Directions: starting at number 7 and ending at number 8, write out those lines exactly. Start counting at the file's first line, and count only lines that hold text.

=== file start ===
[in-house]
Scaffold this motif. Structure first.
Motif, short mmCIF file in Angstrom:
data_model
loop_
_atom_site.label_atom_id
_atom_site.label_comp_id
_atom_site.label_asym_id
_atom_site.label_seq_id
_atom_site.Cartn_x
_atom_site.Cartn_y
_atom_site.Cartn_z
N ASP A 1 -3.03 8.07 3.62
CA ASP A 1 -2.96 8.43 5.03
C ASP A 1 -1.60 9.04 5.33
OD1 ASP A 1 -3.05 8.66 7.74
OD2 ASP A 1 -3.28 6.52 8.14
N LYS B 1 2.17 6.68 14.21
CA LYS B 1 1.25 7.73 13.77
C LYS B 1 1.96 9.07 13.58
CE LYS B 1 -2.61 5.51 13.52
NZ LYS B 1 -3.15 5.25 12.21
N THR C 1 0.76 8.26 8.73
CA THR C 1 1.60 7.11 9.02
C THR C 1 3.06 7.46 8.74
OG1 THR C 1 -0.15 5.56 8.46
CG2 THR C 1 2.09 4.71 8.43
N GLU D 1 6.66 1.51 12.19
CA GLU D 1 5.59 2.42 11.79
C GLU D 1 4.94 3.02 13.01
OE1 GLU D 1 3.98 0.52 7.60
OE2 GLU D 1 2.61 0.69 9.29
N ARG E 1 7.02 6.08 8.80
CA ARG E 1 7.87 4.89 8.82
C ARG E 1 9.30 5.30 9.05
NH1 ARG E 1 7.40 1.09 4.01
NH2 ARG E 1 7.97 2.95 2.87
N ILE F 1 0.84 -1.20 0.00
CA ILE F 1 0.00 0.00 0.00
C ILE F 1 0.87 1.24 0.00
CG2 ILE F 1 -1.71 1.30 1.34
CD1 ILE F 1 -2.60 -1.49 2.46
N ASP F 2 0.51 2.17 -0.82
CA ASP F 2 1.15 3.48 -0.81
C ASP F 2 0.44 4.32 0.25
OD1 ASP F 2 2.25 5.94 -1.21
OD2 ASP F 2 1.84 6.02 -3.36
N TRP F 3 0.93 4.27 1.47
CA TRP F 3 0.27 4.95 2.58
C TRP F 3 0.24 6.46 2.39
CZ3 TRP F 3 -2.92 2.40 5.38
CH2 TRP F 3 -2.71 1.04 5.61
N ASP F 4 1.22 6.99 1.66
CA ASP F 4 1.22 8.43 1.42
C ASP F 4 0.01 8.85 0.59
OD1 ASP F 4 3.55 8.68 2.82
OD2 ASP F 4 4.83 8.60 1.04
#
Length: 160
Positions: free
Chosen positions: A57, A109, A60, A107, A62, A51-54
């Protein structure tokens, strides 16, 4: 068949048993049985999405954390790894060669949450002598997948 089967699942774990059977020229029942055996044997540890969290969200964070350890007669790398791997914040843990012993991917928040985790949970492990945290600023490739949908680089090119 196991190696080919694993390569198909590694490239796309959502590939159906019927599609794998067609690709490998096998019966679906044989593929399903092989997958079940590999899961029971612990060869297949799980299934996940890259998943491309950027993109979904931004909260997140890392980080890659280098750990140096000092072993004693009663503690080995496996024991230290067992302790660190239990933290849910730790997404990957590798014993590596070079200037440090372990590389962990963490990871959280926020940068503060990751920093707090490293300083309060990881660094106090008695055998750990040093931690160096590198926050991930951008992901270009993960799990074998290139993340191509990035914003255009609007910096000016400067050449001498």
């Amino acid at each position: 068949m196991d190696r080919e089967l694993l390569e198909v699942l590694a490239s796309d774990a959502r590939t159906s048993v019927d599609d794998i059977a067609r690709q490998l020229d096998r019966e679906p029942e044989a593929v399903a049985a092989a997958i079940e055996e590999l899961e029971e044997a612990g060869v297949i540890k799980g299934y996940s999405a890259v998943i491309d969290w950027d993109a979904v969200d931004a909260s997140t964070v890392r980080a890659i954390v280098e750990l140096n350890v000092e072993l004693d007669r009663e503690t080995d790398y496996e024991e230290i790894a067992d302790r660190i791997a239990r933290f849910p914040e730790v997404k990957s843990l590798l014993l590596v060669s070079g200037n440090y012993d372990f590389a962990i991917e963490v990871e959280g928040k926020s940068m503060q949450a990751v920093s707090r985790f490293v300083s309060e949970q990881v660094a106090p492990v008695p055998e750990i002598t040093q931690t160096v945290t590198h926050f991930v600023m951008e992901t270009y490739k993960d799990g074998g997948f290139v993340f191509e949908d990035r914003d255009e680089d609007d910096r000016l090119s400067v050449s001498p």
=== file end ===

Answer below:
_atom_site.label_comp_id
_atom_site.label_asym_id